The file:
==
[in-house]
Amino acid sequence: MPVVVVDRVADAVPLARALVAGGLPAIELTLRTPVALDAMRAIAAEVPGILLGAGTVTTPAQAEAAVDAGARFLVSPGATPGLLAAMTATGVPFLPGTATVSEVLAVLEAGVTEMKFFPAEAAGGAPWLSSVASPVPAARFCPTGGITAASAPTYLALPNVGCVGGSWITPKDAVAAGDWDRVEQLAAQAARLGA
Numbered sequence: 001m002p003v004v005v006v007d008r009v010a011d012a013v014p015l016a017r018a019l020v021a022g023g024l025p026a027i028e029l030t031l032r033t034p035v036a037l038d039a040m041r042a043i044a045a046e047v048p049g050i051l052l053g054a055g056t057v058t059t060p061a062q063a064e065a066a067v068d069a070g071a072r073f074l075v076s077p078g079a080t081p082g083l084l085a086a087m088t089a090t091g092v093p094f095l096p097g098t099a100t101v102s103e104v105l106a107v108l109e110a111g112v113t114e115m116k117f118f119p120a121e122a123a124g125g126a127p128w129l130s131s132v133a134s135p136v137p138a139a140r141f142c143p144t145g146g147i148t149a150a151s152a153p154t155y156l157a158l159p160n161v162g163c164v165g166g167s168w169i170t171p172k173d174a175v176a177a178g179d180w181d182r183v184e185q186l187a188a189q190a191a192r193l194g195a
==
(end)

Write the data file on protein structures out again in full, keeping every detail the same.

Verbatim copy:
[in-house]
Amino acid sequence: MPVVVVDRVADAVPLARALVAGGLPAIELTLRTPVALDAMRAIAAEVPGILLGAGTVTTPAQAEAAVDAGARFLVSPGATPGLLAAMTATGVPFLPGTATVSEVLAVLEAGVTEMKFFPAEAAGGAPWLSSVASPVPAARFCPTGGITAASAPTYLALPNVGCVGGSWITPKDAVAAGDWDRVEQLAAQAARLGA
Numbered sequence: 001m002p003v004v005v006v007d008r009v010a011d012a013v014p015l016a017r018a019l020v021a022g023g024l025p026a027i028e029l030t031l032r033t034p035v036a037l038d039a040m041r042a043i044a045a046e047v048p049g050i051l052l053g054a055g056t057v058t059t060p061a062q063a064e065a066a067v068d069a070g071a072r073f074l075v076s077p078g079a080t081p082g083l084l085a086a087m088t089a090t091g092v093p094f095l096p097g098t099a100t101v102s103e104v105l106a107v108l109e110a111g112v113t114e115m116k117f118f119p120a121e122a123a124g125g126a127p128w129l130s131s132v133a134s135p136v137p138a139a140r141f142c143p144t145g146g147i148t149a150a151s152a153p154t155y156l157a158l159p160n161v162g163c164v165g166g167s168w169i170t171p172k173d174a175v176a177a178g179d180w181d182r183v184e185q186l187a188a189q190a191a192r193l194g195a